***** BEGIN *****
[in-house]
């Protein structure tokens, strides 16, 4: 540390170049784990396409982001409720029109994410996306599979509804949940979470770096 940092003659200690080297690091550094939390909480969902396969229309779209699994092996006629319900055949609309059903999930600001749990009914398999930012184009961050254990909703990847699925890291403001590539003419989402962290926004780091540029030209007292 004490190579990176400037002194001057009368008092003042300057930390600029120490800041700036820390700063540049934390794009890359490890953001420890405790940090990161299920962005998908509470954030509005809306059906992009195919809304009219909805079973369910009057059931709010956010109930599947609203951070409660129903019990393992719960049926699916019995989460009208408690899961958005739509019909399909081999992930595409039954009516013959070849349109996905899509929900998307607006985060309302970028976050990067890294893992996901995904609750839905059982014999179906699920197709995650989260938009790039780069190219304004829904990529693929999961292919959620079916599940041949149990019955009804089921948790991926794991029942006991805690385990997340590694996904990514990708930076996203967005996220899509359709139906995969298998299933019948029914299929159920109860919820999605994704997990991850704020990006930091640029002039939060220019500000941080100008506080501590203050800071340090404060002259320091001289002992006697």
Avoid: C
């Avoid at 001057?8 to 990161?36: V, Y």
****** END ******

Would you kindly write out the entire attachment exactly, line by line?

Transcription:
[in-house]
């Protein structure tokens, strides 16, 4: 540390170049784990396409982001409720029109994410996306599979509804949940979470770096 940092003659200690080297690091550094939390909480969902396969229309779209699994092996006629319900055949609309059903999930600001749990009914398999930012184009961050254990909703990847699925890291403001590539003419989402962290926004780091540029030209007292 004490190579990176400037002194001057009368008092003042300057930390600029120490800041700036820390700063540049934390794009890359490890953001420890405790940090990161299920962005998908509470954030509005809306059906992009195919809304009219909805079973369910009057059931709010956010109930599947609203951070409660129903019990393992719960049926699916019995989460009208408690899961958005739509019909399909081999992930595409039954009516013959070849349109996905899509929900998307607006985060309302970028976050990067890294893992996901995904609750839905059982014999179906699920197709995650989260938009790039780069190219304004829904990529693929999961292919959620079916599940041949149990019955009804089921948790991926794991029942006991805690385990997340590694996904990514990708930076996203967005996220899509359709139906995969298998299933019948029914299929159920109860919820999605994704997990991850704020990006930091640029002039939060220019500000941080100008506080501590203050800071340090404060002259320091001289002992006697």
Avoid: C
């Avoid at 001057?8 to 990161?36: V, Y």